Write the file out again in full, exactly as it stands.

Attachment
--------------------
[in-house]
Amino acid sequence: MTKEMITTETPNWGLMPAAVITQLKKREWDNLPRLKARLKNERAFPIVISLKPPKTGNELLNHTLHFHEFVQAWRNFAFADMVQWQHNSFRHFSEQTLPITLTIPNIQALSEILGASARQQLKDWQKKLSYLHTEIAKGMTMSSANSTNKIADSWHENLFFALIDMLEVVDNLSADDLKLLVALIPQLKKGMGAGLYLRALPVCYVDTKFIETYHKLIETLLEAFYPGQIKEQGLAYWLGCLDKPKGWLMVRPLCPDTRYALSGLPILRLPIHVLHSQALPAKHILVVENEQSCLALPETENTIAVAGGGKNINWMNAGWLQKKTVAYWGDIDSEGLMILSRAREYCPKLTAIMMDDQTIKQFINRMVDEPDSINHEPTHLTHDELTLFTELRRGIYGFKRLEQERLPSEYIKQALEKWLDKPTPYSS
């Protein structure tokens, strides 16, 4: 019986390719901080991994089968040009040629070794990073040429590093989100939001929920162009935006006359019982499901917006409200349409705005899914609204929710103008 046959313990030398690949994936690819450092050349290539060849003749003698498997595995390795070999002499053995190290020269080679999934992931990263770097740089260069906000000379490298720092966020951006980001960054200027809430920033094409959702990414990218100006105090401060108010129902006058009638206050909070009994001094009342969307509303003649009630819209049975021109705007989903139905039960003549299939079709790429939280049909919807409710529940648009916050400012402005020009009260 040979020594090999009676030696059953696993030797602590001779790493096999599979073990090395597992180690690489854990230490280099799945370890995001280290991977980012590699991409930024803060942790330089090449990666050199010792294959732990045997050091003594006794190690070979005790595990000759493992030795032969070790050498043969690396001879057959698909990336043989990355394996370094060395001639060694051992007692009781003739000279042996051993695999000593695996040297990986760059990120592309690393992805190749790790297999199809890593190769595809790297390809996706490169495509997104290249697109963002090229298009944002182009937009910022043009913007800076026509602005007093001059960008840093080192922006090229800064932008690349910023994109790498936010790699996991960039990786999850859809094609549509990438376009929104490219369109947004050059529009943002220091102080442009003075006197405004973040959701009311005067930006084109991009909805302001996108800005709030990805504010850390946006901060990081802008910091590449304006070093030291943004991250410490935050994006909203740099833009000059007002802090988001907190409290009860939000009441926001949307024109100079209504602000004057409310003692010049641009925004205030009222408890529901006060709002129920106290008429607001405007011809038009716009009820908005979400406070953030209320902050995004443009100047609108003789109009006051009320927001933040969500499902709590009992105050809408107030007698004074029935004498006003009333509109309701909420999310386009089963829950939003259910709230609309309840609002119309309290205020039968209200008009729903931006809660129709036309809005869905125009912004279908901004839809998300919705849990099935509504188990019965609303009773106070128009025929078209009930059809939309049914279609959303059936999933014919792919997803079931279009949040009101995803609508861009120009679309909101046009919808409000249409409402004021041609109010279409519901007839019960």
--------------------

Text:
[in-house]
Amino acid sequence: MTKEMITTETPNWGLMPAAVITQLKKREWDNLPRLKARLKNERAFPIVISLKPPKTGNELLNHTLHFHEFVQAWRNFAFADMVQWQHNSFRHFSEQTLPITLTIPNIQALSEILGASARQQLKDWQKKLSYLHTEIAKGMTMSSANSTNKIADSWHENLFFALIDMLEVVDNLSADDLKLLVALIPQLKKGMGAGLYLRALPVCYVDTKFIETYHKLIETLLEAFYPGQIKEQGLAYWLGCLDKPKGWLMVRPLCPDTRYALSGLPILRLPIHVLHSQALPAKHILVVENEQSCLALPETENTIAVAGGGKNINWMNAGWLQKKTVAYWGDIDSEGLMILSRAREYCPKLTAIMMDDQTIKQFINRMVDEPDSINHEPTHLTHDELTLFTELRRGIYGFKRLEQERLPSEYIKQALEKWLDKPTPYSS
């Protein structure tokens, strides 16, 4: 019986390719901080991994089968040009040629070794990073040429590093989100939001929920162009935006006359019982499901917006409200349409705005899914609204929710103008 046959313990030398690949994936690819450092050349290539060849003749003698498997595995390795070999002499053995190290020269080679999934992931990263770097740089260069906000000379490298720092966020951006980001960054200027809430920033094409959702990414990218100006105090401060108010129902006058009638206050909070009994001094009342969307509303003649009630819209049975021109705007989903139905039960003549299939079709790429939280049909919807409710529940648009916050400012402005020009009260 040979020594090999009676030696059953696993030797602590001779790493096999599979073990090395597992180690690489854990230490280099799945370890995001280290991977980012590699991409930024803060942790330089090449990666050199010792294959732990045997050091003594006794190690070979005790595990000759493992030795032969070790050498043969690396001879057959698909990336043989990355394996370094060395001639060694051992007692009781003739000279042996051993695999000593695996040297990986760059990120592309690393992805190749790790297999199809890593190769595809790297390809996706490169495509997104290249697109963002090229298009944002182009937009910022043009913007800076026509602005007093001059960008840093080192922006090229800064932008690349910023994109790498936010790699996991960039990786999850859809094609549509990438376009929104490219369109947004050059529009943002220091102080442009003075006197405004973040959701009311005067930006084109991009909805302001996108800005709030990805504010850390946006901060990081802008910091590449304006070093030291943004991250410490935050994006909203740099833009000059007002802090988001907190409290009860939000009441926001949307024109100079209504602000004057409310003692010049641009925004205030009222408890529901006060709002129920106290008429607001405007011809038009716009009820908005979400406070953030209320902050995004443009100047609108003789109009006051009320927001933040969500499902709590009992105050809408107030007698004074029935004498006003009333509109309701909420999310386009089963829950939003259910709230609309309840609002119309309290205020039968209200008009729903931006809660129709036309809005869905125009912004279908901004839809998300919705849990099935509504188990019965609303009773106070128009025929078209009930059809939309049914279609959303059936999933014919792919997803079931279009949040009101995803609508861009120009679309909101046009919808409000249409409402004021041609109010279409519901007839019960």